All employers must complete and retain Form I-9, Employment Eligibility Verification, for every person they hire for employment after Nov. 6, 1986, in the U.S. as long as the person works for pay or other type of payment. The standard Form I-9 must be used for employees hired on or after Nov. 28, 2011.
Form I-9, Employment Eligibility Verification consists of three sections:
- Section One: Employee Information and Attestation
Completed by employees
- Section Two: Employer or Authorized Representative Review and Verification
Completed by employers
- Section Three: Reverification and Rehires
Completed by employers for employees who are rehired or whose employment authorization requires reverification.
You are required to complete and retain a Form I-9 for every employee you hire for employment in the United States, except for:
- Individuals hired on or before Nov. 6, 1986, who are continuing in their employment and have a reasonable expectation of employment at all times. (Some limitations to this exception apply.) Also excepted are individuals hired for employment in the Commonwealth of the Northern Mariana Islands (CNMI) on or before Nov. 27, 2009.
- Individuals employed for casual domestic work in a private home on a sporadic, irregular or intermittent basis.
- Independent contractors or individuals providing labor to you if they are employed by a contractor providing contract services (for example, employee leasing or temporary agencies).
- Individuals not physically working in the U.S.
Federal law prohibits individuals or businesses from contracting with an independent contractor knowing that the independent contractor is not authorized to work in the U.S.
Hired On or Before Nov. 6, 1986
If you hired your employee on or before Nov. 6, 1986, and still employ that person, you are generally not required to complete Form I-9 for that employee. For employers in the Commonwealth of the Northern Mariana Islands (CNMI), Form I-9 is not required for employees hired for employment in the CNMI on or before Nov. 27, 2009 and who continue in their employment with the same employer after that date.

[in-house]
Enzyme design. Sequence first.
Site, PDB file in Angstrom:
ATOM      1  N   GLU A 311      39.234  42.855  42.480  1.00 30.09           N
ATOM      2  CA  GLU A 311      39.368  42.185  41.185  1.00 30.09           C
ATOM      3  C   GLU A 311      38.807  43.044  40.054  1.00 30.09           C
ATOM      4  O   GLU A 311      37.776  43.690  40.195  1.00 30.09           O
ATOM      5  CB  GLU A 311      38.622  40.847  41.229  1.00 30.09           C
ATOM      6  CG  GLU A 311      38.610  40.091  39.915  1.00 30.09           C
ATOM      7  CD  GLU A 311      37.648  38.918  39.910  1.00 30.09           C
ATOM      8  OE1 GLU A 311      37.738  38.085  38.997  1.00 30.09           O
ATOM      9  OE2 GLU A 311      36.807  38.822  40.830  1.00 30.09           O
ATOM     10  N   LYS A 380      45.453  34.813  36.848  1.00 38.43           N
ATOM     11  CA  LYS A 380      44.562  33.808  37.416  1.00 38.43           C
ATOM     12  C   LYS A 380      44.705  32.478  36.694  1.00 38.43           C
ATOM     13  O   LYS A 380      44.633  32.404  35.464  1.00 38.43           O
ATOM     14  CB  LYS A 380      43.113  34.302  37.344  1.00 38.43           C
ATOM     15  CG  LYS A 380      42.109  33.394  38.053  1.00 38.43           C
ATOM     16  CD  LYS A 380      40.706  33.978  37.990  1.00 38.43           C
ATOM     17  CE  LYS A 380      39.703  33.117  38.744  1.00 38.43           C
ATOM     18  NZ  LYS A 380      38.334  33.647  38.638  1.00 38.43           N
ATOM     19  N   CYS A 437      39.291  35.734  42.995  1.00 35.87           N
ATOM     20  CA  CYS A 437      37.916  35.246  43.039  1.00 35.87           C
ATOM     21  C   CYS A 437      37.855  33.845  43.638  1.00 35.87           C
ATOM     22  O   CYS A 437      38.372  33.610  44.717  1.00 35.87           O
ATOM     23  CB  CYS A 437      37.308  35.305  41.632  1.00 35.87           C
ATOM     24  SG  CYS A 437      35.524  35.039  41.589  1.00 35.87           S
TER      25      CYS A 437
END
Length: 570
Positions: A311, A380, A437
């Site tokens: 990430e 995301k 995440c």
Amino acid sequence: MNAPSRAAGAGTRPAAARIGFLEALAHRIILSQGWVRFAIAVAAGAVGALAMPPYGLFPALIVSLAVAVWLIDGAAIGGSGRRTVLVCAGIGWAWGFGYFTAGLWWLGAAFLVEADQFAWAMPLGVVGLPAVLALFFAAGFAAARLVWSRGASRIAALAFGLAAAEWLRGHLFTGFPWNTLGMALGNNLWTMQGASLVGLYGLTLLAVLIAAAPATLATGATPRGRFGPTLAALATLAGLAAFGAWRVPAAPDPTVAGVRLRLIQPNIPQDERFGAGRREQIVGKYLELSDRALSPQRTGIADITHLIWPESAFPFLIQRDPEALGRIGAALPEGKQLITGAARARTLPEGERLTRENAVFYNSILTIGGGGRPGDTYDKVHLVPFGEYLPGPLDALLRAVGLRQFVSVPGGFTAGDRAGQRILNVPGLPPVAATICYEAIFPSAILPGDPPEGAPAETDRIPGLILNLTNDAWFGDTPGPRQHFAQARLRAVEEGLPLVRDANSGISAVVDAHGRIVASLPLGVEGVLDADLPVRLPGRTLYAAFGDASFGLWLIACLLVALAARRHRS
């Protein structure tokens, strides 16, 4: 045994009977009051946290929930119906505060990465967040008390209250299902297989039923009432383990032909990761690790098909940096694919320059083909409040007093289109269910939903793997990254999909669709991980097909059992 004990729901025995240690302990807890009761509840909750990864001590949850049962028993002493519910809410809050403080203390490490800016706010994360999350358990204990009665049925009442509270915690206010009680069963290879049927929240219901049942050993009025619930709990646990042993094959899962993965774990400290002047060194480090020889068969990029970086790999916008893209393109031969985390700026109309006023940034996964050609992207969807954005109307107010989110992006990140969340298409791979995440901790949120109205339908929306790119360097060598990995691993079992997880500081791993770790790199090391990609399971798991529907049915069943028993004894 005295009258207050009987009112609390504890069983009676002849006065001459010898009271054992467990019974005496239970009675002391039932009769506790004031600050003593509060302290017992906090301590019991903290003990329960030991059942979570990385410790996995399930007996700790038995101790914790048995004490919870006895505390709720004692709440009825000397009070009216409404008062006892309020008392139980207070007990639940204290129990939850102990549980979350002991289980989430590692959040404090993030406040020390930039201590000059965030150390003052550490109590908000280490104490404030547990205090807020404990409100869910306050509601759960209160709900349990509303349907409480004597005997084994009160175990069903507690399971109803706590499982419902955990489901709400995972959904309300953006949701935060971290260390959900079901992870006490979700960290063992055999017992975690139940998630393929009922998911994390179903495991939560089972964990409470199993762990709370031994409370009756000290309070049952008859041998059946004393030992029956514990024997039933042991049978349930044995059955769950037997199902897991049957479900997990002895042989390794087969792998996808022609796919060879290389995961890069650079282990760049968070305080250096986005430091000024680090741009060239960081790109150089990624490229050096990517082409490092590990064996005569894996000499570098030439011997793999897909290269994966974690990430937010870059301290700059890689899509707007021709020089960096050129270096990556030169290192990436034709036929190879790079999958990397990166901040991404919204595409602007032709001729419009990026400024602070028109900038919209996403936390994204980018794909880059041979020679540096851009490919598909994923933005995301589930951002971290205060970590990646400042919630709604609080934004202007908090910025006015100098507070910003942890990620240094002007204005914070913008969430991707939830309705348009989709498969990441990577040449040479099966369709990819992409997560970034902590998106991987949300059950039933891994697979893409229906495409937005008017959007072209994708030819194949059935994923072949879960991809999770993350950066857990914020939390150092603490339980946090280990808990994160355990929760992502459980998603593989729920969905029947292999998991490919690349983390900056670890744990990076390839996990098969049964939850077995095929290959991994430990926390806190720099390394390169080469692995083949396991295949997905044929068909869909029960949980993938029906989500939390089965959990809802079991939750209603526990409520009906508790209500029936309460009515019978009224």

If your company merges with another company, you may need to complete Form I-9 for an employee of the newly acquired company who was originally hired on or before Nov. 6,1986.
Casual Domestic Services
“Casual domestic services” refers to individuals (such as a handyman, babysitter or cleaning person) paid by you to help in or around your private home, provided the services are:
- Sporadic, meaning they occur occasionally, singly or in random instances;
- Irregular, meaning the occurrence or activity lacks continuity or regularity; or
- Intermittent, meaning they do not occur continuously but instead comes and goes at intervals.
Form I-9 is not required for casual domestic services.
An independent contractor is not considered an employee for Form I-9 purposes and does not need to complete Form I-9. Independent contractors includes individuals or entities who carry on independent business, contract to do a project according to their own means and methods, and are subject to control only to the results of the work and not what and how it will be done. Many factors are considered when determining whether or not an individual or entity is an independent contractor.
Independent contractors are individuals or entities that may:
- Contract to do a job according to their own means and methods.
- Supply their own tools or materials.
- Offer their services to the general public.
- Work for a number of clients at the same time.
- Have an opportunity for profit or loss as a result of labor or services provided.
- Invest in facilities to do all or part of the work.
- Direct the order in which the work is to be done.
- Determine the hours during which the work is to be done.
- Are subject to control only as to results, not what and how the work will be done.
The individual or business that is contracting with the independent contractor is not required to complete Form I-9 for the contractor. Remember, however, that federal law prohibits individuals or businesses from contracting with an independent contractor knowing that the independent contractor is not authorized to work in the U.S.
Temporary or Staffing Agencies
In most cases, if your company uses a temporary or staffing agency to obtain workers, those workers are employees of that agency and provide services to your company as independent contractors. The agency completes Form I-9 for each worker they provide to your company, because the workers are considered employees of the agency, not of your company.
An agency may complete Form I-9 before one of its workers accepts a particular assignment, even if: